Fin whale (Balaenoptera physalus) COSEWIC assessment and status report: chapter 11

Existing Protection or Other Status Designations

Globally, the International Union for the Conservation of Nature (IUCN) lists the fin whale as “endangered” because of the depletion of populations by whaling (Baillie and Groombridge 1996). Under the Convention on International Trade in Endangered Species of Wild Flora and Fauna (CITES), the fin whale is listed in Appendix I, a category that includes species threatened with extinction, with the intention of halting commercial trade. The Convention on the Conservation of Migratory Species of Wild Animals lists the fin whale in Appendix I (endangered). It is also listed in Appendix II, which denotes a species that would benefit from international cooperation. The IWC moratorium on commercial whaling provides protection to fin whales although they are hunted in Greenland for “subsistence.”

In the United States the fin whale is protected under the Marine Mammal Protection Act of 1972 and under the Endangered Species Act of 1973, where it is listed as endangered.

In Canada, marine mammals are protected from disturbance by the Fisheries Act. The Saguenay-St. Lawrence Marine Park Act, passed in February 2002, imposed proximity and speed restrictions on all vessels operating in the area. Additional duration restrictions were included for marine tour operators (DOJ 2004). The park contains 1,138 km² of marine environment at the confluence of the Saguenay River and the St. Lawrence estuary, a region with the richest krill aggregations yet documented in the Northwest Atlantic (Simard and Lavoie 1999).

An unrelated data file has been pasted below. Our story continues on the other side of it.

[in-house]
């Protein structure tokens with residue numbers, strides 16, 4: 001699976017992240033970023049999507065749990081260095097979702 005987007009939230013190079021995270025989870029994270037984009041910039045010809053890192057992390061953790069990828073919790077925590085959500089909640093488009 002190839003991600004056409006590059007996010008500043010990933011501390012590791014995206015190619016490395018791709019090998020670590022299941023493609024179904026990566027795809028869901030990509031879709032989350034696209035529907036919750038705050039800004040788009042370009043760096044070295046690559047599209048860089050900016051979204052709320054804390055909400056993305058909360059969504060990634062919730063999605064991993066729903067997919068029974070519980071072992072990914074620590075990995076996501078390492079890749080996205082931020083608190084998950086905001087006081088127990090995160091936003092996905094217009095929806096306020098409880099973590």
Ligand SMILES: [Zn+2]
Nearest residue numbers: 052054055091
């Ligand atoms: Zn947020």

Enabling legislation is in place for three federal agencies to protect marine habitat: The Oceans Act requires Fisheries and Oceans Canada to define Marine Protected Areas; the Canada National Marine Conservation Areas Act charges Parks Canada with the delineation of National Marine Conservation Areas; and the Canada Wildlife Act allows Environment Canada to designate Marine Wildlife Areas. Thus, the designation and coordination of these various types of protected areas will require coordination among these three agencies.

Fisheries and Oceans Canada is in the process of developing a regulatory framework based on existing national whalewatching guidelines. These regulations are expected to be in place sometime before 2006 (Marylin Joyce, Pacific Region, Department of Fisheries and Oceans, 200–401 Burrard Street, Vancouver B.C., V6B 3S4).

Fin whales on both coasts were designated by COSEWIC as “Rare” in 1987. This was changed to “Vulnerable” in 1990 when the “Rare” designation was dropped. They were reclassified again in November 2001 by COSEWIC.

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